Took a bit longer to get around to this than I expected. As mentioned earlier, my simple method for making coupling pins.
Material used is a soft steel wire as used in gardening and flower arranging. I was lucky, I found some reels of pre blackened wire at a garden store a while ago and it get used for lots of modelling purposes.
Tools consist of a pin-vice with a piece of rod to form the top of the loop, I actually used a scriber point. Plus some fine tipped side cutters and also helpful, a pair of smooth jawed pliers.
First step is to push the end of the wire down one of the gaps in the collet of the pin-vice, like so:
Here's an even closer view
This anchors the end of the wire. Then wind it around the former, a little more than a full turn.
Slide it off the former and you should have something like this:
Trim the excess off and you are left with this:
It's more economical on time if you do several at the same time, here are 10 prepared.
Then simply cut off the excess with the side cutters, I'm using some fine tipped Xuron ones, wonderful tools and no danger of damaging them with soft wire. Then the smooth faced pliers are used to straighten the wire, just by squeezing the wire between the jaws. Easier than it sounds and it also gets rid of the curve from when the wire was on the reel.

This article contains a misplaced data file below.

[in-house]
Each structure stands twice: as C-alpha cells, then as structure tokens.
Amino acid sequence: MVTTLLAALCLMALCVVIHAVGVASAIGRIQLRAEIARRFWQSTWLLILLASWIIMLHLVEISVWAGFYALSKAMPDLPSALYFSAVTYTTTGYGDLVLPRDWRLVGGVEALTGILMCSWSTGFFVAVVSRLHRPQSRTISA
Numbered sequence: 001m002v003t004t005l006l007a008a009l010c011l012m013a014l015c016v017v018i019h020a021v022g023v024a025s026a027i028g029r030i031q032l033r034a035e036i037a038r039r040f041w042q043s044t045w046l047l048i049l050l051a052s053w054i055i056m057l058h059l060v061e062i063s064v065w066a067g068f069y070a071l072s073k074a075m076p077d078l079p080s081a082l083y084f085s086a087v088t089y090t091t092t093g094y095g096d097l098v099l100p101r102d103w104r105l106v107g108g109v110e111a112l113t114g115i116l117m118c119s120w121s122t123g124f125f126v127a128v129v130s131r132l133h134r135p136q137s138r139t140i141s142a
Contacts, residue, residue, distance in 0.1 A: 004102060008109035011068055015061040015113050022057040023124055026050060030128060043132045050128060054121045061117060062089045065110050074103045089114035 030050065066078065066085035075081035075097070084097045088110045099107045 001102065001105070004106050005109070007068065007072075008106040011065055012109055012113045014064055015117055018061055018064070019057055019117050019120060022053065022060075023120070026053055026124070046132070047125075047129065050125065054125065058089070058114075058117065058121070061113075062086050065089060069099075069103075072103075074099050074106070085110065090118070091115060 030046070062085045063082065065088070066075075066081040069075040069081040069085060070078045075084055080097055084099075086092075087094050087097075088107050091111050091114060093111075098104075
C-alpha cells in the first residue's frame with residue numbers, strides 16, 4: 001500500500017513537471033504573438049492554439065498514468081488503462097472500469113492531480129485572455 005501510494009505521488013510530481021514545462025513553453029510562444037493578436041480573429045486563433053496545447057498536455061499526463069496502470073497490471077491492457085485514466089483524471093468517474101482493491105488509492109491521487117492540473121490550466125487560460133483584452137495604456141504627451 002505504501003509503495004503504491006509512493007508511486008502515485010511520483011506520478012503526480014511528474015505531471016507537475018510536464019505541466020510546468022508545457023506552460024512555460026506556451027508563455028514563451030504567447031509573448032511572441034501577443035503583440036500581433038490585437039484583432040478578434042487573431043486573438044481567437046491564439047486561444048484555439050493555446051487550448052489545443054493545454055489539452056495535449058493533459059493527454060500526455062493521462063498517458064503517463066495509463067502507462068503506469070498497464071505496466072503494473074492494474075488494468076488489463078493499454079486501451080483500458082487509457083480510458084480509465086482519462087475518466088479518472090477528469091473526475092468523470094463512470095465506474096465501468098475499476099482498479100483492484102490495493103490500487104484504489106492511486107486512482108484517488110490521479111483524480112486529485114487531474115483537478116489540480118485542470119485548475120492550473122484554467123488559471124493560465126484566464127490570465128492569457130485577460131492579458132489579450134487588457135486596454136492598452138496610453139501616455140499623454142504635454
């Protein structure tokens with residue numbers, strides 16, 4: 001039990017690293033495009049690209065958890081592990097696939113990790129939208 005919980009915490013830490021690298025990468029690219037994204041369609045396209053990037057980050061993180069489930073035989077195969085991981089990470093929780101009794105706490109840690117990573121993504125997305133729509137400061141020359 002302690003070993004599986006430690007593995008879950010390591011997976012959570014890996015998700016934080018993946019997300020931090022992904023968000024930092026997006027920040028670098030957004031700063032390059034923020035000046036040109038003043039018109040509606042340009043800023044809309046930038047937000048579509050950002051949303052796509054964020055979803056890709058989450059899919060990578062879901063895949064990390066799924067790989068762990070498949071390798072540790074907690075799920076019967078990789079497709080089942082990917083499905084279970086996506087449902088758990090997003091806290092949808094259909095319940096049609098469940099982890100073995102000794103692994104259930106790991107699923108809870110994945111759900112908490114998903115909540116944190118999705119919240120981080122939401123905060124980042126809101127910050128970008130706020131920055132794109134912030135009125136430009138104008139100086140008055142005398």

. This took less than 10 minutes including taking the pics, in fact it has taken longer to write how to do it
. You can use brass, but it is a bit springy and more difficult to work with, not to mention a bit shiny
. The same process also makes good lift rings or tie down rings on the deck of a wagon.
Of course, you could go and buy the same thing from a model boat supplier or art shop, but you wont have the satisfaction of making it yourself, plus you can vary the sizes making your own. Hopefully some of you will feel a bit more confident about giving it a try now